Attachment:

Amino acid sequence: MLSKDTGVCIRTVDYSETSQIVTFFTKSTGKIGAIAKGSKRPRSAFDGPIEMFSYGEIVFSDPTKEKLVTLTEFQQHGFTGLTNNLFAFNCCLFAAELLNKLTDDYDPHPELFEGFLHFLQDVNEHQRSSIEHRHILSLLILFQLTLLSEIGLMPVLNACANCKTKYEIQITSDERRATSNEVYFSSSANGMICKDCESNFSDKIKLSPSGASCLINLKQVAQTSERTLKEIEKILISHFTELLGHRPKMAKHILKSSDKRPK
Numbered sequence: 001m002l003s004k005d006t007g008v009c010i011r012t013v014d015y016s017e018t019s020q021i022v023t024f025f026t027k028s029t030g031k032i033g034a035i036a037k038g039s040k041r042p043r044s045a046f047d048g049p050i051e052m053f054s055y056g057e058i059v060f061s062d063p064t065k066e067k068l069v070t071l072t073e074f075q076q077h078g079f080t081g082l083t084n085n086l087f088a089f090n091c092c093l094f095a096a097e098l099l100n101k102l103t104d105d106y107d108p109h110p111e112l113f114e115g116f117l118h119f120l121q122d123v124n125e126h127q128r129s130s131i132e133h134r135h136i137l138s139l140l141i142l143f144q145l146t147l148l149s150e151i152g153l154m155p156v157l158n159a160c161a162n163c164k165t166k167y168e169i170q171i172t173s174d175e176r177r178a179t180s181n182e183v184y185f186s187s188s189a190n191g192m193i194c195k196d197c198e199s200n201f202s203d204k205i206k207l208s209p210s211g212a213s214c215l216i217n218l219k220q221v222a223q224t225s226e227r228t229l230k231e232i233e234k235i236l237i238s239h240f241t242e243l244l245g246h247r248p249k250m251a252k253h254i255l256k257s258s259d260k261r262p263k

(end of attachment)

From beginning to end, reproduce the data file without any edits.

Amino acid sequence: MLSKDTGVCIRTVDYSETSQIVTFFTKSTGKIGAIAKGSKRPRSAFDGPIEMFSYGEIVFSDPTKEKLVTLTEFQQHGFTGLTNNLFAFNCCLFAAELLNKLTDDYDPHPELFEGFLHFLQDVNEHQRSSIEHRHILSLLILFQLTLLSEIGLMPVLNACANCKTKYEIQITSDERRATSNEVYFSSSANGMICKDCESNFSDKIKLSPSGASCLINLKQVAQTSERTLKEIEKILISHFTELLGHRPKMAKHILKSSDKRPK
Numbered sequence: 001m002l003s004k005d006t007g008v009c010i011r012t013v014d015y016s017e018t019s020q021i022v023t024f025f026t027k028s029t030g031k032i033g034a035i036a037k038g039s040k041r042p043r044s045a046f047d048g049p050i051e052m053f054s055y056g057e058i059v060f061s062d063p064t065k066e067k068l069v070t071l072t073e074f075q076q077h078g079f080t081g082l083t084n085n086l087f088a089f090n091c092c093l094f095a096a097e098l099l100n101k102l103t104d105d106y107d108p109h110p111e112l113f114e115g116f117l118h119f120l121q122d123v124n125e126h127q128r129s130s131i132e133h134r135h136i137l138s139l140l141i142l143f144q145l146t147l148l149s150e151i152g153l154m155p156v157l158n159a160c161a162n163c164k165t166k167y168e169i170q171i172t173s174d175e176r177r178a179t180s181n182e183v184y185f186s187s188s189a190n191g192m193i194c195k196d197c198e199s200n201f202s203d204k205i206k207l208s209p210s211g212a213s214c215l216i217n218l219k220q221v222a223q224t225s226e227r228t229l230k231e232i233e234k235i236l237i238s239h240f241t242e243l244l245g246h247r248p249k250m251a252k253h254i255l256k257s258s259d260k261r262p263k